Session 8

What is the purpose of dance?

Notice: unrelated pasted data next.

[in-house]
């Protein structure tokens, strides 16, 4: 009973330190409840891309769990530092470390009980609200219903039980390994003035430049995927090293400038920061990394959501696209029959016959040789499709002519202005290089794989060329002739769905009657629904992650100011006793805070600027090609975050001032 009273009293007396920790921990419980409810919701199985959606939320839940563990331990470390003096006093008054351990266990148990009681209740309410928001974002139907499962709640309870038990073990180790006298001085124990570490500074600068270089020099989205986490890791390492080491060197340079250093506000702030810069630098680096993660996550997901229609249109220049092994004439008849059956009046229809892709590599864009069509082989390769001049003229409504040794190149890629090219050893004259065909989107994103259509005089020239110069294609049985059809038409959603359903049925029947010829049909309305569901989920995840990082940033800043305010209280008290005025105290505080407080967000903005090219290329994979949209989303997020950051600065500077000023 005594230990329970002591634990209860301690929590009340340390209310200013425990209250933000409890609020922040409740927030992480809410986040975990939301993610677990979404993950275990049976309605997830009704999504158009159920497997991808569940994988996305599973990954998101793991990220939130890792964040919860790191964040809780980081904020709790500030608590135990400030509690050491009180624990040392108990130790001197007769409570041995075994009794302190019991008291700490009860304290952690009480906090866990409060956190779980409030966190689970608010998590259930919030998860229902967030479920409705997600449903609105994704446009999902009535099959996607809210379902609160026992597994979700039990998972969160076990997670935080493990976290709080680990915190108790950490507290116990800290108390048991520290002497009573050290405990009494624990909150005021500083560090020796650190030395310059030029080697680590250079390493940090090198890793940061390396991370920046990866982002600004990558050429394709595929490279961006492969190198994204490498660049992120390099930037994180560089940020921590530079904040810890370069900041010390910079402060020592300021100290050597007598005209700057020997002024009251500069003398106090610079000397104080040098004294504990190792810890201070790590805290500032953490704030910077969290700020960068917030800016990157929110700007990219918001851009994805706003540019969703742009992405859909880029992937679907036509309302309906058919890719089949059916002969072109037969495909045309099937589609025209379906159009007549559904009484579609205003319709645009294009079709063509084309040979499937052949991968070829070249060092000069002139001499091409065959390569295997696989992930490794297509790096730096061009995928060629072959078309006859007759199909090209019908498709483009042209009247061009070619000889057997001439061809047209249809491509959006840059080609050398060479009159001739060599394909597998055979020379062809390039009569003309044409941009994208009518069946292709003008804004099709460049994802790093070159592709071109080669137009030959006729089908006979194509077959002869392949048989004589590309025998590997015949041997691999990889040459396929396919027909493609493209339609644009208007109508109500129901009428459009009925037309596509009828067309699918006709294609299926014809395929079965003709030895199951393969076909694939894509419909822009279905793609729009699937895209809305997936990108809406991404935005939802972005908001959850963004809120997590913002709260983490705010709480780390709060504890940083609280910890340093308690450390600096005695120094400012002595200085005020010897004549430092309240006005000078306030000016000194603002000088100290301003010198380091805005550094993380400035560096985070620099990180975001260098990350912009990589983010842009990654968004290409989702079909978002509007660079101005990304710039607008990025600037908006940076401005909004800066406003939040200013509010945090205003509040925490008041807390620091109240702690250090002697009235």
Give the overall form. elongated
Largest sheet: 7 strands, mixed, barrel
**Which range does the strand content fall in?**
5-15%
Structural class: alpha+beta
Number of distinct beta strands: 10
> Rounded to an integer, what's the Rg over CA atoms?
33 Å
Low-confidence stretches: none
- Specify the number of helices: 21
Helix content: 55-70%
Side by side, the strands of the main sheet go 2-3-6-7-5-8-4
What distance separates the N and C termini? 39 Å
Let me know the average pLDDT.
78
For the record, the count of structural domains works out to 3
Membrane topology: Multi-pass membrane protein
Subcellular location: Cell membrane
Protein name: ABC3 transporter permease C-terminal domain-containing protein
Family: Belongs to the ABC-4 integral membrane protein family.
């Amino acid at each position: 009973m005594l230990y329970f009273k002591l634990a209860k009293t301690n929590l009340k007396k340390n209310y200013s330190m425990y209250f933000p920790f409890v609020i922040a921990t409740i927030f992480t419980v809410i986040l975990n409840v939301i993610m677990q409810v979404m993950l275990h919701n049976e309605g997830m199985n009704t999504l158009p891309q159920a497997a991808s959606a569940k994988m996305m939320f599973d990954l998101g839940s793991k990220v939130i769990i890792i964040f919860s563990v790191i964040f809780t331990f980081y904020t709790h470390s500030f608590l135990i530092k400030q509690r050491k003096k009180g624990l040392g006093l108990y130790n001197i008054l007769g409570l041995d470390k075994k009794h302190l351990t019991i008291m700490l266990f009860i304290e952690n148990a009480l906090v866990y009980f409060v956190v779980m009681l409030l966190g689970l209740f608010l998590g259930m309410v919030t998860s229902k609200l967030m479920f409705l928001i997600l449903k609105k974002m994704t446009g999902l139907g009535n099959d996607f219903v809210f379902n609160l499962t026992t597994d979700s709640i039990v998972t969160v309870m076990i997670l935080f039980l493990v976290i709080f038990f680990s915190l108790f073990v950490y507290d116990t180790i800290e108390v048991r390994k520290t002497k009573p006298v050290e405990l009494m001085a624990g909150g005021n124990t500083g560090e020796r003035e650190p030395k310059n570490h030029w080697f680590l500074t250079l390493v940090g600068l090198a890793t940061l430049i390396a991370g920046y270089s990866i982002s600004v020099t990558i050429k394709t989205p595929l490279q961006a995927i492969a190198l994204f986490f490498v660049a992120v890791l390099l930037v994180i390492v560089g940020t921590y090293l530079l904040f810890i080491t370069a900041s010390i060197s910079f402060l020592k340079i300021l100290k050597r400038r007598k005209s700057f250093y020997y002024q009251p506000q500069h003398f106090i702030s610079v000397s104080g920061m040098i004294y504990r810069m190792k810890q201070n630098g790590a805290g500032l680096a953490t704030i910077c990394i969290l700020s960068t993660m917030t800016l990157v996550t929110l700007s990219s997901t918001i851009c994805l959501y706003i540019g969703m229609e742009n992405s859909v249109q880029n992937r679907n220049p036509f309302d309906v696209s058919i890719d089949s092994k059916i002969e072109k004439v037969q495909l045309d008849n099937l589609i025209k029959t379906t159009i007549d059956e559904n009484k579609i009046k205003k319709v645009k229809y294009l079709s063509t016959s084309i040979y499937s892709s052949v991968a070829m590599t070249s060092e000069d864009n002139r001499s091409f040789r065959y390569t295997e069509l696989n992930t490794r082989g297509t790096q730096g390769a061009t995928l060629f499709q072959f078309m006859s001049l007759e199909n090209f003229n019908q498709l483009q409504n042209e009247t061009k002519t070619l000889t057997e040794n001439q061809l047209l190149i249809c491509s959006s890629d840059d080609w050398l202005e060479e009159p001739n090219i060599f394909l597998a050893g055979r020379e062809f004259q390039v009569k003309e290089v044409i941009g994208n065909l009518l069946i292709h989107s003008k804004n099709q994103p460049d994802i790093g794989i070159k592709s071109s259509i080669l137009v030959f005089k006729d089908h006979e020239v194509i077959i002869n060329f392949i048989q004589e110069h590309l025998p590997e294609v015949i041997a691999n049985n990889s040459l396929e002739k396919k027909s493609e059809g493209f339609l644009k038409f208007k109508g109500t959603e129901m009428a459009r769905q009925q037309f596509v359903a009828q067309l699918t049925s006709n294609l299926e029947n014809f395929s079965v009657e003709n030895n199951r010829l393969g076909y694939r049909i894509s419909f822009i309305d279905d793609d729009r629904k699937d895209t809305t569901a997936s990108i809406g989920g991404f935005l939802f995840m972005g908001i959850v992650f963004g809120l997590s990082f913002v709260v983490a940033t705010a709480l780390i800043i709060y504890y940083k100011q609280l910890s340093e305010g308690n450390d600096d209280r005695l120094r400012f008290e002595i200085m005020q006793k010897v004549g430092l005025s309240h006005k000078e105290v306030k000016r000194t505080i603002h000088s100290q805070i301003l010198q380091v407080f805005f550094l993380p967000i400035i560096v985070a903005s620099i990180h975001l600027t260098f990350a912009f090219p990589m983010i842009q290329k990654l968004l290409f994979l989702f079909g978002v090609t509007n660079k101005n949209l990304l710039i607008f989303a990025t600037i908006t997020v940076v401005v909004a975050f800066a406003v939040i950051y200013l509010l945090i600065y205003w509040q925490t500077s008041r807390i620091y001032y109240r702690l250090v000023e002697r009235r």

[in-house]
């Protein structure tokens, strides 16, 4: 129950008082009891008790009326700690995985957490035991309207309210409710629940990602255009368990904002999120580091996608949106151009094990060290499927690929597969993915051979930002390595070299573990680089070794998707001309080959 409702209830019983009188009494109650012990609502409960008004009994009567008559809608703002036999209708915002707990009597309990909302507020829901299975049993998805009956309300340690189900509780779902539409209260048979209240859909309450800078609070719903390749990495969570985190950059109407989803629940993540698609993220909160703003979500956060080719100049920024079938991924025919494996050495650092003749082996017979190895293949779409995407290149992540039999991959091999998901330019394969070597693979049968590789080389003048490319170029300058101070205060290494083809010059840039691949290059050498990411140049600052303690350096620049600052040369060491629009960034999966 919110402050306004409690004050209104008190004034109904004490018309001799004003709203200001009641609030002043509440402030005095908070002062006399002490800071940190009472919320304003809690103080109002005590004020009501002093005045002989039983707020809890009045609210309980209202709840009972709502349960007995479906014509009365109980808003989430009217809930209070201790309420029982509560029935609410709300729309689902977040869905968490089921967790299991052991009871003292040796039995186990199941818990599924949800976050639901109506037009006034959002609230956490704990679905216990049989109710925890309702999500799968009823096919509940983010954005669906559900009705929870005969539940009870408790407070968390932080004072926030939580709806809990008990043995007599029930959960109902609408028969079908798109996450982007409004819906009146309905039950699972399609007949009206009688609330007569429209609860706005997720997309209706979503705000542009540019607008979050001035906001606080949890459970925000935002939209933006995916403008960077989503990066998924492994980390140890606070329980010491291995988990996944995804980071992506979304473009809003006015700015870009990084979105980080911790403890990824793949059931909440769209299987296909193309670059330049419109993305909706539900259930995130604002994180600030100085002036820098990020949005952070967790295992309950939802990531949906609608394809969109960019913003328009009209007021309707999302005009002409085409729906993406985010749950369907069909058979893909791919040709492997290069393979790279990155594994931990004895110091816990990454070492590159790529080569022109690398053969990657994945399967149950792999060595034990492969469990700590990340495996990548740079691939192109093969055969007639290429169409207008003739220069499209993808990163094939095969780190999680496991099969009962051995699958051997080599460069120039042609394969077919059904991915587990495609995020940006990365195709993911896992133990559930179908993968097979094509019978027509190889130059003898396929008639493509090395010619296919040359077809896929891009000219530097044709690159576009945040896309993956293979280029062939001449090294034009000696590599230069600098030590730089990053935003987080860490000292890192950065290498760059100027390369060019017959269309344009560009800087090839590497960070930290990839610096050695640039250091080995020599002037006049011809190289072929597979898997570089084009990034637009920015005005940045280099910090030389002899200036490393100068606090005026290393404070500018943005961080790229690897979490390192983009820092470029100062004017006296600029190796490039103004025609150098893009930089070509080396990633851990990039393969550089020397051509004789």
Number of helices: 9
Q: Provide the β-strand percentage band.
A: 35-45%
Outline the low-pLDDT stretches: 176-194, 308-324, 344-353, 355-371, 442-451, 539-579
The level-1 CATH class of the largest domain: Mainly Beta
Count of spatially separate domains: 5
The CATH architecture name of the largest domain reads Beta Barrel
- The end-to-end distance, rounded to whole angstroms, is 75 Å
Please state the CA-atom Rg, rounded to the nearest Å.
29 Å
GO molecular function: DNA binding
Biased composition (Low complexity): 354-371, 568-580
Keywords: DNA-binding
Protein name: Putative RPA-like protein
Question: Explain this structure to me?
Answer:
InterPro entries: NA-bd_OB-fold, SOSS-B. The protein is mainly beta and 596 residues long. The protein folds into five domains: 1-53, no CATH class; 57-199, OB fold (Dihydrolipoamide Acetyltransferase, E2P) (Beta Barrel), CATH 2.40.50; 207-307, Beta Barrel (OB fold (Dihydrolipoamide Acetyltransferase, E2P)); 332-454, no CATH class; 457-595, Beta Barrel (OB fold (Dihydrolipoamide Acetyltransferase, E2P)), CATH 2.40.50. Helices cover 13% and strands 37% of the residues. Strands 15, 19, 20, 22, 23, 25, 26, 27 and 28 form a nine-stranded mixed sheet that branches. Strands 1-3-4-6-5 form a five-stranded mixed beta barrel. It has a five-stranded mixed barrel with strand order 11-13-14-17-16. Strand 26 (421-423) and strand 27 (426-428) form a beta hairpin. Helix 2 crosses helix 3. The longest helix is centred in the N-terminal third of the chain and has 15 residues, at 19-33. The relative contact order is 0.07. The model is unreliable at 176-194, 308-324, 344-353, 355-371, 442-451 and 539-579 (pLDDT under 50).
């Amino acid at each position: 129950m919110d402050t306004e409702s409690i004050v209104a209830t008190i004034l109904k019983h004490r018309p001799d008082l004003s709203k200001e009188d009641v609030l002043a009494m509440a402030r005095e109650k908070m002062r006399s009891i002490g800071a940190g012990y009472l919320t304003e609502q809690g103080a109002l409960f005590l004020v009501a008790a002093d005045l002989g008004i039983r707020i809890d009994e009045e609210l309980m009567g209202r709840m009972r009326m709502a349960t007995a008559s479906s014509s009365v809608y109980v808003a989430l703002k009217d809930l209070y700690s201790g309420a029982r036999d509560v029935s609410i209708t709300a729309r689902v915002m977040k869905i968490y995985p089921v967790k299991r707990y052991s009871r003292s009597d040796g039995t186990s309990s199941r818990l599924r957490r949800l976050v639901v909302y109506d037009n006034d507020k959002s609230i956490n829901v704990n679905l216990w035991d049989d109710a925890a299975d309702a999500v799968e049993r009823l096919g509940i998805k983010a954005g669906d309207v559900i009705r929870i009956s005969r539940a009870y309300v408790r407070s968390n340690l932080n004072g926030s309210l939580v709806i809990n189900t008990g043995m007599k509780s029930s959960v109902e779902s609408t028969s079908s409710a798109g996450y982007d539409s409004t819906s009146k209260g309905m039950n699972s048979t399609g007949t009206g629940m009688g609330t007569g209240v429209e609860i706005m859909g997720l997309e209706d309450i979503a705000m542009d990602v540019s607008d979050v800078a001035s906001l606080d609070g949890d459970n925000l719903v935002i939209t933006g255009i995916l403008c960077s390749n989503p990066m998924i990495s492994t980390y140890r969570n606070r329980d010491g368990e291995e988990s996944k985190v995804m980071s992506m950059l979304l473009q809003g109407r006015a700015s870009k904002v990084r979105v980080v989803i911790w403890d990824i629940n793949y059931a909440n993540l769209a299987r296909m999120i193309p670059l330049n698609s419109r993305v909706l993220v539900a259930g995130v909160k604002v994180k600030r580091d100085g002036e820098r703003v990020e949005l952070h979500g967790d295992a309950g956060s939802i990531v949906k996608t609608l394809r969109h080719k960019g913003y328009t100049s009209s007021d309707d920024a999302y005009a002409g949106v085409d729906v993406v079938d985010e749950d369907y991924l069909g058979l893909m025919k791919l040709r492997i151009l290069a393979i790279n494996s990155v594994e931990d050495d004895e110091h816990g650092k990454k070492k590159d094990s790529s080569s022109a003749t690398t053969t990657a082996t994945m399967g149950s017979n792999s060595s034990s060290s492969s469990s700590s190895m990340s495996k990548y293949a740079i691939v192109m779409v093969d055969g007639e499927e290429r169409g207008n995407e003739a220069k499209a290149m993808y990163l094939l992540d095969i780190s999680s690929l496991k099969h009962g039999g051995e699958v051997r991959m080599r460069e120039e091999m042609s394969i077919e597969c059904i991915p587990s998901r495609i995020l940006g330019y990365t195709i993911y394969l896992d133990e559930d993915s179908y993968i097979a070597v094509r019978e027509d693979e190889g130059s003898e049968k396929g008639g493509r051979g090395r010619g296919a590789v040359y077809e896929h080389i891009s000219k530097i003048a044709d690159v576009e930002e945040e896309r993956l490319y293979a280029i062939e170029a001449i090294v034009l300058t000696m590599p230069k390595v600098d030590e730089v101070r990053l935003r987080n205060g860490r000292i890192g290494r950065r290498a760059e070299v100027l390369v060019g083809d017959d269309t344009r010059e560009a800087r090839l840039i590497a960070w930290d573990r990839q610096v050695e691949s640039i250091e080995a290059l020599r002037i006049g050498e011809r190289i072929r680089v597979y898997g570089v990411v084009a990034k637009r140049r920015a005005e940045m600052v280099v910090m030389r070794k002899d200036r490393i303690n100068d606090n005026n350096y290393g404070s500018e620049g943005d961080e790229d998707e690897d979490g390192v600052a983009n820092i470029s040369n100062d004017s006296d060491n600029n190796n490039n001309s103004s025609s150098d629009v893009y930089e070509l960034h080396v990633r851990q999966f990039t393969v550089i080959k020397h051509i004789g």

Dance “fulfills social, recreational, competitive, religious, therapeutic, and artistic functions” (Robinson & Randall, 2014, p.211). Therefore, dance serves many purposes that go above and beyond the other fundamental movement skills. Furthermore, dance can easily be integrated across curriculum due to its versatile nature. Dance in closely linked to cultural practices, is a partner to music, and is a form of emotional and artistic expression. The senses of sight, sound, and touch are all heavily engaged through the activity of dance. One of the wonderful things about dance is that it is very accessible for a wide range of abilities and interests. In many contexts, there is not a “right” way to dance, as it is based upon individual self-expression through movement. “Dance education is valued because it offers the student a different way of knowing, a means of thinking, and a form for expression and understanding of self and others, issues and events” (Robinson & Randall, 2014, p.211-212). When students are able to invent their own dance routines, they are given ownership over their own learning, empowering them within their physical literacy. Furthermore, this allows for creativity to play a large role in PE, which is an important skill that can often be overlooked in this area of learning. When educators use dance lessons to incorporate students’ cultural backgrounds, the purpose of dance becomes one of identity and community building. In my opinion, dance is the most versatile of the fundamental movement concepts in that it can create the most personal meaning, reaching the deepest levels of understanding and growth (of both self and others).

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